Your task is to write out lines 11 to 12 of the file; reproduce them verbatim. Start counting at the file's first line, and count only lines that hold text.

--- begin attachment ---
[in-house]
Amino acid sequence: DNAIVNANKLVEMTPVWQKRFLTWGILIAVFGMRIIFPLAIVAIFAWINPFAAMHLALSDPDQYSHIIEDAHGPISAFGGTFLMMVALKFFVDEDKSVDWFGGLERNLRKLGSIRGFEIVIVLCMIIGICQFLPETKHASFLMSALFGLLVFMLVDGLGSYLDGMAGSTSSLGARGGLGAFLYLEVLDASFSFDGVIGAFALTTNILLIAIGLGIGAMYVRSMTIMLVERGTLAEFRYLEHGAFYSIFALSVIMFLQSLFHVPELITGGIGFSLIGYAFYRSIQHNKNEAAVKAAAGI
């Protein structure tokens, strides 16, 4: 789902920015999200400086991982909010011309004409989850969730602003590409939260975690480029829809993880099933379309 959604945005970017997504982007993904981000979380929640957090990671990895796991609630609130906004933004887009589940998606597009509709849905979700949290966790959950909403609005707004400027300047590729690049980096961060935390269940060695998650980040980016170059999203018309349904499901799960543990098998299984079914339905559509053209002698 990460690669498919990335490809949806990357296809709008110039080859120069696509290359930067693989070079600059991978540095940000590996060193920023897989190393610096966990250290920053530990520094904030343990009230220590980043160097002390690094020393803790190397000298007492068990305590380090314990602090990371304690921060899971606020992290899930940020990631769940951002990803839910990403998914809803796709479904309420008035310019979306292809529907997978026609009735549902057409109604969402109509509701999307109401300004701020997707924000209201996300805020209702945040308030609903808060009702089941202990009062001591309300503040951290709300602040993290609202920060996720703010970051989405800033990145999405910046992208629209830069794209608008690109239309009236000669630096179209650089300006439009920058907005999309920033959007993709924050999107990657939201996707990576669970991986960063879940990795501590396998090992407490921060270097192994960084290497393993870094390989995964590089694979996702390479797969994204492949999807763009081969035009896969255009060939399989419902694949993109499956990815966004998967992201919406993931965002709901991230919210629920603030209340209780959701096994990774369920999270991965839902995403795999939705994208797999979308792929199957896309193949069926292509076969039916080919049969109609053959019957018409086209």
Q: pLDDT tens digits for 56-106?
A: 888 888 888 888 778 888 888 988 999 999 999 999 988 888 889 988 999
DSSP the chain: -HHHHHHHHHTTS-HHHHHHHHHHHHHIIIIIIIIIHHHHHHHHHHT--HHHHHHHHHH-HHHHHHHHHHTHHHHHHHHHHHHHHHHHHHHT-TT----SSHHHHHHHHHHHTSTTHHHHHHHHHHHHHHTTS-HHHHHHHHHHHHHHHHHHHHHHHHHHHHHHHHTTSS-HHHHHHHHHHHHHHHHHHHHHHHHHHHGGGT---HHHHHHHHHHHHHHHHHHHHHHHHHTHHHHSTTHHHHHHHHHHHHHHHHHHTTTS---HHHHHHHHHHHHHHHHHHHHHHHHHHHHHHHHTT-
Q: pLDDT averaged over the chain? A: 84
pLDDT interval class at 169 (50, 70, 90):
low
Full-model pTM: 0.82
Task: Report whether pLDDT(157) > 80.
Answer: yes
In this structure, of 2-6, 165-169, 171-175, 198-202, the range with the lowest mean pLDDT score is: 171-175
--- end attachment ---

Task: Report whether pLDDT(157) > 80.
Answer: yes